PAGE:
What aspects of human nature are portrayed in The Kite Runner?
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Through its rich characterization and plot development, The Kite Runner reveals much about human nature, especially through the life of Amir, the novel's narrator. In Amir we find both cowardice and courage and the desire to be more than we deem ourselves to be. Amir is a person of conscience, tormented by shame and guilt for his actions as a boy. By the novel's conclusion, he shows that human beings are capable of spiritual and moral growth and redemption. As an adult, he chooses to live a life of courage and honor. He chooses to embrace his heritage and reclaim his faith.
Amir also shows the deeply felt human need for love and approval, most significantly in his troubled relationship with his father. Feeling unloved and unacceptable as a boy shaped Amir's life as he grew up and affected him profoundly. These were needs he could not ignore or minimize. Even as an adult, when he chose to become a writer, Amir longed for Baba's approval.
The novel explores a darker side of human nature, as well, primarily the abuse of power. Amir abuses his power over Hassan, Assef abuses his power over Amir and Hassan, and on a larger scale, the Taliban's abuse of power in Afghanistan is unforgettable.
Finally, Hassan's character shows some of the most affirming aspects of human nature, the ability to love without limits, to remain loyal beyond reason, and to forgive without regret.
The motivating and captivating conflict in THE KITE RUNNER is not one of race, class, religion or politics, as its author, Khaled Hosseini, would have you believe. Overshadowing these aspects in this debut is this Middle Eastern writer's literary struggle with a generally Western form --- the novel --- and a specifically American genre: the coming-of-age story.THE KITE RUNNER is Hosseini's valiant attempt to portray the effects of a half-century's tumultuous politics on the people and culture of Afghanistan. But this search for an Afghani identity clashes with the traditional novel form, making portions of the story feel clichéd and predetermined. Where such a collision could, if handled well, enliven a book and dispel cultural preconceptions and prejudices, in THE KITE RUNNER it only reveals Hosseini's naivete and inexperience as a writer.Organized in three parts, the novel begins with a short introductory chapter that feels entirely formulaic and superfluous, especially since the scene is repeated later. The narrator --- who is, ironically, a novelist named Amir --- gets a fateful telephone call from a man he hasn't seen in decades, which prompts more than 300 pages of soul searching.His mind resurrecting the past, Amir recalls "crouching behind a crumbling mud wall, peeking into the alley near the frozen creek." You can't bury the past, he explains, "because the past claws its way out." Following the call, Amir boards a plane to the Middle East, but before he leaves American soil, he recounts his childhood in Kabul during the 1960s, leading inevitably to the horrific crime he witnesses in the alley.Despite Hosseini's occasionally absorbing evocation of Kabul, this first section has all the trappings of a typical American coming-of-age story, right down to the narrator's whiny self-incrimination and the air of funereal nostalgia. But THE KITE RUNNER isn't even an especially compelling coming-of-age story, and its adherence to a set of rules is unfortunate considering Hosseini's characterization of Afghans as "an independent people." Describing the Afghani pastime of kite fighting, Amir remarks, "Afghans cherish custom but abhor rules. And so it was with kite fighting. The rules were simple: No rules. Fly your kite. Cut the opponents. Good luck."Peppering his rhythmless prose with awkward plot contrivances and nonliterary oversimplifications, Hosseini includes all the familiar plotlines and the archetypal characters of the coming-of-age story --- the distant father, the neighborhood bully, the oppressed minority who retains his honor and dignity. As a result, the first act never veers from the predictable and the tedious.THE KITE RUNNER picks up considerably in the second act, however, when the Russians invade Afghanistan in the late 1970s. After an arduous and surprisingly suspenseful escape from Kabul into Pakistan, Amir and his father immigrate to America, settling finally in San Francisco. Hosseini creates a great deal of tension and emotion from their adjustment to their new environment and its dramatically different culture, and as a result, the relationship between father and son grows increasingly dynamic and intricate --- determined more by the characters themselves than by Hosseini's loyalty to a set of literary guidelines.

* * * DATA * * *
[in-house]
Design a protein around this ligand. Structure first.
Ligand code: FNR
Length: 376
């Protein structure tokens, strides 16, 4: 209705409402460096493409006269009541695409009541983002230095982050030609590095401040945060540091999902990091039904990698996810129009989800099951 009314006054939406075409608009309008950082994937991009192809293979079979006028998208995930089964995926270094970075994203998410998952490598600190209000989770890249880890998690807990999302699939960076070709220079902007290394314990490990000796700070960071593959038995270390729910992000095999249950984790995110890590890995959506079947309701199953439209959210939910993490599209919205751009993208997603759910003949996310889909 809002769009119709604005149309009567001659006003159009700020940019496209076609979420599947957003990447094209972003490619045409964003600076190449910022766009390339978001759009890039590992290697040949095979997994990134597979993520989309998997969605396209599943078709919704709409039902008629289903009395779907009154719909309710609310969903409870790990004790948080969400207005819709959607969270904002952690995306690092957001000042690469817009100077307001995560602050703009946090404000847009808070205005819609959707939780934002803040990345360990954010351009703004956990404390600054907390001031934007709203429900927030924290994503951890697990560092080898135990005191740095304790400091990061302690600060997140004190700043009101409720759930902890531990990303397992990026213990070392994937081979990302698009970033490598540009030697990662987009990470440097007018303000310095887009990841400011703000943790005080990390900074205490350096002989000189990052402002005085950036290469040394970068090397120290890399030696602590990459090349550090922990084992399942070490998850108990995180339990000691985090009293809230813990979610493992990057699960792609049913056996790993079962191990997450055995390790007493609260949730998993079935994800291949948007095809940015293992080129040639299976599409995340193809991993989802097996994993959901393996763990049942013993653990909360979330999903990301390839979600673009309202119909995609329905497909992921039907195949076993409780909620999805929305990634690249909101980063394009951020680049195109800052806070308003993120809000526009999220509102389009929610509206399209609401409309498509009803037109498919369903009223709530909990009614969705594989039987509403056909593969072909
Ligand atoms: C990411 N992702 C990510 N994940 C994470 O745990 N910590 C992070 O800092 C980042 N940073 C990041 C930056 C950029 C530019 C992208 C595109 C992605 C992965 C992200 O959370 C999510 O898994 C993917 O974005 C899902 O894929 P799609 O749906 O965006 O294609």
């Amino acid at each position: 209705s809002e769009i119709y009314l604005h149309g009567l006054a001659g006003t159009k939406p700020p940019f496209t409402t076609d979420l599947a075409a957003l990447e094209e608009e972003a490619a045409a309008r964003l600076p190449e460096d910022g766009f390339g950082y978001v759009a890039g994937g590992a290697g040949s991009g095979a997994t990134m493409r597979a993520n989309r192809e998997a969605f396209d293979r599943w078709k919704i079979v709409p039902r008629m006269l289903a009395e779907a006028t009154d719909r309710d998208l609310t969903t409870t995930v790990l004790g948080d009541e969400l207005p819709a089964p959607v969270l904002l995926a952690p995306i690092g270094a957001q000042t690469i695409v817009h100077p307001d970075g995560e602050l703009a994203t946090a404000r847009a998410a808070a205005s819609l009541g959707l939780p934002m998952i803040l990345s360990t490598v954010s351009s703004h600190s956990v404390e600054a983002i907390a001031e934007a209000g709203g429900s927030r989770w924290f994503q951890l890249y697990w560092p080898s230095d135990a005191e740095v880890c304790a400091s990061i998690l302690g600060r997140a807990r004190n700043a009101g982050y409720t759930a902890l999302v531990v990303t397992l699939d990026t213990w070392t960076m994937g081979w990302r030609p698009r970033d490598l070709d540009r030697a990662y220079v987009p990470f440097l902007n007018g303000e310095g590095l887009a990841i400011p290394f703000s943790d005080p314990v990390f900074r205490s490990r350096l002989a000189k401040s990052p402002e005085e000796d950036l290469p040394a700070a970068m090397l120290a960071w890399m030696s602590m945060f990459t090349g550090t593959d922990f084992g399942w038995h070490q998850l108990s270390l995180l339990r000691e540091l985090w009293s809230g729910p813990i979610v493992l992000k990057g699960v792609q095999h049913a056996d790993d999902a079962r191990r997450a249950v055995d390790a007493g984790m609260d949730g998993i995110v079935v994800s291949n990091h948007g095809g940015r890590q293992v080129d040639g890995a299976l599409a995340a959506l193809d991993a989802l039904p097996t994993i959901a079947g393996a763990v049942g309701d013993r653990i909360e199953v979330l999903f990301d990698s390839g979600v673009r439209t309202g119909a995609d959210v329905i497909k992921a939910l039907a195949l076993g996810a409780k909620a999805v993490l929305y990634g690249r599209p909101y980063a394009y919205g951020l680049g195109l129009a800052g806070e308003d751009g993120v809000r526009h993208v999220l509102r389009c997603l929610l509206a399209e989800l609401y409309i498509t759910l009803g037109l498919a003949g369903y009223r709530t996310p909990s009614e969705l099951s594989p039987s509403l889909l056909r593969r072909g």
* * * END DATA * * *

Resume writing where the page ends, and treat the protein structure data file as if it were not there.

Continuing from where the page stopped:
At times THE KITE RUNNER reads as if its author is learning to write as he goes, as if this is his trial by fire. He may have found his voice as an Afghani shedding light on his country's violent past, but he never manages to find his voice as a writer.
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